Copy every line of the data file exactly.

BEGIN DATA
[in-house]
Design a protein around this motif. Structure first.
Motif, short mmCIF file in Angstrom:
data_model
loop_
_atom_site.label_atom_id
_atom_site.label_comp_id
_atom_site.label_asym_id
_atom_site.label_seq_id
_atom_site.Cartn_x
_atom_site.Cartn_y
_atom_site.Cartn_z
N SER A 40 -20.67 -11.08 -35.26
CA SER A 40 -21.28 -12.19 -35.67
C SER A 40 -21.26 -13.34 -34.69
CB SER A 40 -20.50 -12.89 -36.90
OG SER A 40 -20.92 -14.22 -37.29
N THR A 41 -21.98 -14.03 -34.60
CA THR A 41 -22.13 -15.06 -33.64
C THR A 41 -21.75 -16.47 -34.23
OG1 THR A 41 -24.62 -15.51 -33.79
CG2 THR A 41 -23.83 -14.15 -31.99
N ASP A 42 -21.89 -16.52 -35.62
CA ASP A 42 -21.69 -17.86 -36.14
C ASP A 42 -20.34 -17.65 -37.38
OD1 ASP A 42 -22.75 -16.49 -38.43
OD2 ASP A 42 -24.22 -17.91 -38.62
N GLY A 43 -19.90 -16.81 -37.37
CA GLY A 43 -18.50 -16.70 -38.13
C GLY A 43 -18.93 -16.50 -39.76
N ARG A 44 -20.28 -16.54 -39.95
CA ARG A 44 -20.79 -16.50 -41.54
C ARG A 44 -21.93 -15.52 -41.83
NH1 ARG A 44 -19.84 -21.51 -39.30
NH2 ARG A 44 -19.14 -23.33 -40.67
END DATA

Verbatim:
[in-house]
Design a protein around this motif. Structure first.
Motif, short mmCIF file in Angstrom:
data_model
loop_
_atom_site.label_atom_id
_atom_site.label_comp_id
_atom_site.label_asym_id
_atom_site.label_seq_id
_atom_site.Cartn_x
_atom_site.Cartn_y
_atom_site.Cartn_z
N SER A 40 -20.67 -11.08 -35.26
CA SER A 40 -21.28 -12.19 -35.67
C SER A 40 -21.26 -13.34 -34.69
CB SER A 40 -20.50 -12.89 -36.90
OG SER A 40 -20.92 -14.22 -37.29
N THR A 41 -21.98 -14.03 -34.60
CA THR A 41 -22.13 -15.06 -33.64
C THR A 41 -21.75 -16.47 -34.23
OG1 THR A 41 -24.62 -15.51 -33.79
CG2 THR A 41 -23.83 -14.15 -31.99
N ASP A 42 -21.89 -16.52 -35.62
CA ASP A 42 -21.69 -17.86 -36.14
C ASP A 42 -20.34 -17.65 -37.38
OD1 ASP A 42 -22.75 -16.49 -38.43
OD2 ASP A 42 -24.22 -17.91 -38.62
N GLY A 43 -19.90 -16.81 -37.37
CA GLY A 43 -18.50 -16.70 -38.13
C GLY A 43 -18.93 -16.50 -39.76
N ARG A 44 -20.28 -16.54 -39.95
CA ARG A 44 -20.79 -16.50 -41.54
C ARG A 44 -21.93 -15.52 -41.83
NH1 ARG A 44 -19.84 -21.51 -39.30
NH2 ARG A 44 -19.14 -23.33 -40.67